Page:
Above: The New Yorker artist,Charles Saxon; James Geraghty,The New Yorker’s art editor from 1939-1973; The New Yorker artist, Dana Fradon, and New Yorker artist, Whitney Darrow, Jr.. Photo: Sara Geraghty Herndon.
Dana Fradon, the last surviving New Yorker cartoonist of Harold Ross’s era (he was the last cartoonist contracted under Mr. Ross’s editorship), and one of The New Yorker‘s most prolific cartoonists (he is in the top twenty of the magazine’s artists who have contributed over a thousand drawings), passed away October 3 in Woodstock, New York. He was 97. Mr. Fradon’s first cartoon appeared in the issue of May 1, 1948 (it appears below). His last New Yorker drawing appeared April 21, 2003. Mr. Fradon was born April 14, 1922 in Chicago, Illinois.
In the Spill‘s interview with Mr. Fradon in the Fall of 2013, I asked him how he worked:
I had a big pad of paper, 14” x 17” bond paper; I’d make little notes and sketches and see where they’d lead me. Once, when I was giving a talk I said the important thing of thinking of ideas is knowing when to pounce. You kick ideas around in your subconscious and then this one is a straggler and you pounce on it because it seems funny. And that’s the one you draw up. I drew up a lot of rejections too of course [laughing].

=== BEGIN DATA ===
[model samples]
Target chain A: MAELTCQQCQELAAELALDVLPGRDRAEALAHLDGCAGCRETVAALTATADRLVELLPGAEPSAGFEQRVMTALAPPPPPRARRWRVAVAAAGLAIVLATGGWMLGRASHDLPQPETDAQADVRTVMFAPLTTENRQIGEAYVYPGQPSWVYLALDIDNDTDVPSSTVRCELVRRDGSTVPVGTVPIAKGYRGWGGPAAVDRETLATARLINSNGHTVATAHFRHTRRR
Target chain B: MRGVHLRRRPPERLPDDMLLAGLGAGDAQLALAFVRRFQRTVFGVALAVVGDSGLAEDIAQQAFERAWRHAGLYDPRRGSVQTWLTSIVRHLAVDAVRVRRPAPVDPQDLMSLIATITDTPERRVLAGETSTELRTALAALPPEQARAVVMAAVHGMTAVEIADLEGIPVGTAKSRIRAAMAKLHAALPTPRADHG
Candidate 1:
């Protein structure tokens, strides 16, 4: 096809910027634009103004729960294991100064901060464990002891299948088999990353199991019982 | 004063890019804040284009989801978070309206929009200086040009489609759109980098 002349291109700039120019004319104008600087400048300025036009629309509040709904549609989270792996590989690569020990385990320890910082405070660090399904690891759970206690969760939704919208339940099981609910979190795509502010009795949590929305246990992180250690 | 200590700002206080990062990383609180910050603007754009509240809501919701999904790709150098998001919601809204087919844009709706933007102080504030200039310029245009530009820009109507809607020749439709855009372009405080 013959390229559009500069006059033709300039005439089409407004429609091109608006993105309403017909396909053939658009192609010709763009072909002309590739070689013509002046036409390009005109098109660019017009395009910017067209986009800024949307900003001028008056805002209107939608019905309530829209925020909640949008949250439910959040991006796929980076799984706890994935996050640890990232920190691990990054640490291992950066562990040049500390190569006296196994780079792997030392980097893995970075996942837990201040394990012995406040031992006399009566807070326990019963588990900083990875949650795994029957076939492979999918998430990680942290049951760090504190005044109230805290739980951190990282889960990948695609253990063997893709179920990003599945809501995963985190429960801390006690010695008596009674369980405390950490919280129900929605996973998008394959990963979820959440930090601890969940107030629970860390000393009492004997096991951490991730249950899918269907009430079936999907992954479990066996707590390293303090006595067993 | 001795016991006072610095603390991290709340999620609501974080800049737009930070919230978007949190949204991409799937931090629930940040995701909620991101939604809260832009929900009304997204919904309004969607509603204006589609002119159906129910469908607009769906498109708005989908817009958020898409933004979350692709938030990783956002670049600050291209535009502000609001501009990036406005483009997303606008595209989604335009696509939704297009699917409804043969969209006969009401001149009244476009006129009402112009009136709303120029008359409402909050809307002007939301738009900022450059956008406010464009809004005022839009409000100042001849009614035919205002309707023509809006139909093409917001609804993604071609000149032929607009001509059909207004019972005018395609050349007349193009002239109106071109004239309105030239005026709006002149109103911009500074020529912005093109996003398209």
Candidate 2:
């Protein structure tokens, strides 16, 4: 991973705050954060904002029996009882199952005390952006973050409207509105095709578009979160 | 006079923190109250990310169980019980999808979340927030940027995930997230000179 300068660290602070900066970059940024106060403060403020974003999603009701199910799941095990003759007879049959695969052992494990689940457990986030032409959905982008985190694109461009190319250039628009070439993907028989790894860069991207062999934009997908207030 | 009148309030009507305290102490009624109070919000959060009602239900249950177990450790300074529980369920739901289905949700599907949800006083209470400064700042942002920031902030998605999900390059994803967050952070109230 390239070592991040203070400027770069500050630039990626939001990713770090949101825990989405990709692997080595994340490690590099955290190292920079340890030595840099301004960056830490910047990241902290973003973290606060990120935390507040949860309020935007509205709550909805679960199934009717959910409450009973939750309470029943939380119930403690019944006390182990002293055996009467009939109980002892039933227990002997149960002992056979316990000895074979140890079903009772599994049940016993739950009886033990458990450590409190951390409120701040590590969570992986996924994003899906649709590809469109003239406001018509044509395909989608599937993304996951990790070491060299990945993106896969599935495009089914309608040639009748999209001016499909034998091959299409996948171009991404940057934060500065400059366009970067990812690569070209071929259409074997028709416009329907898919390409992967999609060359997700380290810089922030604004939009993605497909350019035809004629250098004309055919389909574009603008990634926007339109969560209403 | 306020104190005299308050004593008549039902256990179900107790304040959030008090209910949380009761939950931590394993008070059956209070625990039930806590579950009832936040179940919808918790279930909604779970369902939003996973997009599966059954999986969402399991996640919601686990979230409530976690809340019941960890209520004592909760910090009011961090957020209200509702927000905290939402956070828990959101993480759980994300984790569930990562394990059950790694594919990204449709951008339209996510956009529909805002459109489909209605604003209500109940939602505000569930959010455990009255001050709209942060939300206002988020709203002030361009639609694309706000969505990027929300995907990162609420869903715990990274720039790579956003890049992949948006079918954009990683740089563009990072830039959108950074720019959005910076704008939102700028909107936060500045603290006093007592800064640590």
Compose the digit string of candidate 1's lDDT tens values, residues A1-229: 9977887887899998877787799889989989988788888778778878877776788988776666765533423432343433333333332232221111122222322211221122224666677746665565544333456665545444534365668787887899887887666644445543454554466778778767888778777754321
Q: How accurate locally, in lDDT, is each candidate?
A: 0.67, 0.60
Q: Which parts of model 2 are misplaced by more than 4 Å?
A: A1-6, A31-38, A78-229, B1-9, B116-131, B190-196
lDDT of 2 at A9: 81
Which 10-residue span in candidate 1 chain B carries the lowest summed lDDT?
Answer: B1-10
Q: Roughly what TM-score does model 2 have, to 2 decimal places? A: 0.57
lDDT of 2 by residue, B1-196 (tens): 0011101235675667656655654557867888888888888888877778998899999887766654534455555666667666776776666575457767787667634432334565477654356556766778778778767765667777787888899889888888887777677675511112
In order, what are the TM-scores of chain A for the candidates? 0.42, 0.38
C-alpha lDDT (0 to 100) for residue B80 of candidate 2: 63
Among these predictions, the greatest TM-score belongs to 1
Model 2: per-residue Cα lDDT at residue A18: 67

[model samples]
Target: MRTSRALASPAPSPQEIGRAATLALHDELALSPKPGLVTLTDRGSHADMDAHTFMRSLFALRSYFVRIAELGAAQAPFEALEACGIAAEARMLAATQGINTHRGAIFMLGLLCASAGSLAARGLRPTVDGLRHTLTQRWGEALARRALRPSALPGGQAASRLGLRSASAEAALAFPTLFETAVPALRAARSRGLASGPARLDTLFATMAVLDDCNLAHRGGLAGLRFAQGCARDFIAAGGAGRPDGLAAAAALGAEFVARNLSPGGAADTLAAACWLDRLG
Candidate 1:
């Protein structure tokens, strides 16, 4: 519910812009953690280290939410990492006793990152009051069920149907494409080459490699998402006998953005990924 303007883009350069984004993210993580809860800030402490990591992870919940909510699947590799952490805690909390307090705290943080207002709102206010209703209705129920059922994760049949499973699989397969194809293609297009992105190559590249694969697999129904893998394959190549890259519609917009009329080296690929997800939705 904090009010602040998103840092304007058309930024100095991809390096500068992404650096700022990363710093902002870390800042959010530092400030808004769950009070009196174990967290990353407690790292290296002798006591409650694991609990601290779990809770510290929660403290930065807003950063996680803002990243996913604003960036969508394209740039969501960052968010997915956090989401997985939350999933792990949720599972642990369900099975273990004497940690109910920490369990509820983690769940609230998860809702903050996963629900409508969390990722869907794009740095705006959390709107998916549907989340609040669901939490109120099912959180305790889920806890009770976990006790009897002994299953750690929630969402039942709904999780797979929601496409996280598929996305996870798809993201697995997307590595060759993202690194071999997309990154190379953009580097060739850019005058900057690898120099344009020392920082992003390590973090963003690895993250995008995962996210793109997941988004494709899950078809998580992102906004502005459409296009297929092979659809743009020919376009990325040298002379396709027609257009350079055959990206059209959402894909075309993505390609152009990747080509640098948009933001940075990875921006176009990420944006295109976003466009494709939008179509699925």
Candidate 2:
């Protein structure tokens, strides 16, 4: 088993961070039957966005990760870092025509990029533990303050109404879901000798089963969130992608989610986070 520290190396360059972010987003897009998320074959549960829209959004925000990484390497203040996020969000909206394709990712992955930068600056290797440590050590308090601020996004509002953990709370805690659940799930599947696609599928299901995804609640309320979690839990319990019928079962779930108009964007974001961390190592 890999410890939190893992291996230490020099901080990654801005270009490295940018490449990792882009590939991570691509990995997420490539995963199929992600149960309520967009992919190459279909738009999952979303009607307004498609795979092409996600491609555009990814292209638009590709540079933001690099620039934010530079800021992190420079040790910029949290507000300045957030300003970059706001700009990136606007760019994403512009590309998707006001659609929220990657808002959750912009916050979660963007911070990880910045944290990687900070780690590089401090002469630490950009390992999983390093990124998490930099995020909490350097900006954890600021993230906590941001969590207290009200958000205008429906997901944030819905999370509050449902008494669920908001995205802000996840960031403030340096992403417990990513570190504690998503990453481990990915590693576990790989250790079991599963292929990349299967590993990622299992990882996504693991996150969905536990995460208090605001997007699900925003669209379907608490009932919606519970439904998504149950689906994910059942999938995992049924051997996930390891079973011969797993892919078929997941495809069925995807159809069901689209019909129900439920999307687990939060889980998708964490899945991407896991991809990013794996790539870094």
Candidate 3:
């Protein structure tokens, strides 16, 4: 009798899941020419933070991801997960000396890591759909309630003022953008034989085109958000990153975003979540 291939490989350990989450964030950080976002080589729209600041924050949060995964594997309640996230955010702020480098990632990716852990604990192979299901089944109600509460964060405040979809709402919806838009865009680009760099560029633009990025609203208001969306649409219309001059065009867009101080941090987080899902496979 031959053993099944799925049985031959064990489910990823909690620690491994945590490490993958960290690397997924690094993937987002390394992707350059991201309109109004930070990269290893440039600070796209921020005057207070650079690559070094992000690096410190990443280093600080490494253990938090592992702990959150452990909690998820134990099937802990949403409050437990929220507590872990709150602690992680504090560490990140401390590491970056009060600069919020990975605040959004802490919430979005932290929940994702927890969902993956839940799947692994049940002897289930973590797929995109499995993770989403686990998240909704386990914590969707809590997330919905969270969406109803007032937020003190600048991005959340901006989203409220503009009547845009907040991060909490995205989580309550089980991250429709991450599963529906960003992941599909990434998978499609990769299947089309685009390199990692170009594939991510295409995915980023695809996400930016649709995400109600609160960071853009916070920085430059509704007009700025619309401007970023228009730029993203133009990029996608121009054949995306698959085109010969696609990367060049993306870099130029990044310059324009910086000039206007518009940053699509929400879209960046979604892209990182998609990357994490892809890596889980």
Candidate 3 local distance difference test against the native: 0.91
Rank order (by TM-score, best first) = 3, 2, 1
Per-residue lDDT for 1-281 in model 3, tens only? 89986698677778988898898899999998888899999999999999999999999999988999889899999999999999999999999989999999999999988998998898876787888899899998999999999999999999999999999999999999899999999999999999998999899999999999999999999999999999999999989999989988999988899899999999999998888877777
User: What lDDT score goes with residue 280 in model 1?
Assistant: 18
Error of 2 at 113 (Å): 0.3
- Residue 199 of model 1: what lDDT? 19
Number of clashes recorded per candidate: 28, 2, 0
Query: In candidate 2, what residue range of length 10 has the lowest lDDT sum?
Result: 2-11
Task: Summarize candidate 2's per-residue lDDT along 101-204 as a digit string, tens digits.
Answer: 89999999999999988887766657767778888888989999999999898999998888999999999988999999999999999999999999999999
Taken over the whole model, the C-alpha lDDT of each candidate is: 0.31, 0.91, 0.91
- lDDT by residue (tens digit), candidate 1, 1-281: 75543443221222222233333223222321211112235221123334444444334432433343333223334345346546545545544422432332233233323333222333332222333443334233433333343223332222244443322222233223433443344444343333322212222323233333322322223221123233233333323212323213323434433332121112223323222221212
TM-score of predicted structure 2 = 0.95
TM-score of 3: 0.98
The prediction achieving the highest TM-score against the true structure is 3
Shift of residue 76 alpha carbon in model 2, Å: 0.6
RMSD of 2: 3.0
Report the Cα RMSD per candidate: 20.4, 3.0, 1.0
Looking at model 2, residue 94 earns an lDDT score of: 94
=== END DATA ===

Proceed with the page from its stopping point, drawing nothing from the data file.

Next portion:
When I think of Mr. Fradon’s work for the magazine, I think of the utility player in baseball, who plays many positions well. If you look through Mr. Fradon’s nearly fourteen hundred New Yorker cartoons you’ll see how well he played. His line was effortless, his subject matter both timely and often timeless, as in his New Yorker drawing below from the issue of September 23, 1991.
In a funny telling moment from my interview with him, he said, “I’m not really a cartoonist. I’m a misplaced baseball player or something like that.”
I had occasion to call Mr. Fradon over the years when I had some New Yorker cartoonist history that needed fleshing out. He was, after all, a direct link to the magazine’s golden age of cartooning. His recall of New Yorker events and characters was impressive (about seeing Peter Arno at The New Yorker‘s 25th anniversary party: “Arno was the star…he danced all night.“). His sense of humor remained impressive as well. In one of our last conversations, I called asking him for some insight on a recently departed cartoonist colleague. Mr. Fradon’s first question to me was, “Are you calling because you think I’m next?”
Above, two Fradon cartoon collections. Insincerely Yours (Scribner, 1978) and Breaking The Laugh Barrier (Dell, 1961)
To see some of Dana Fradon’s New Yorker work, go the the magazine’s website here.
An obituary appears in The Newtown Bee. Read it here.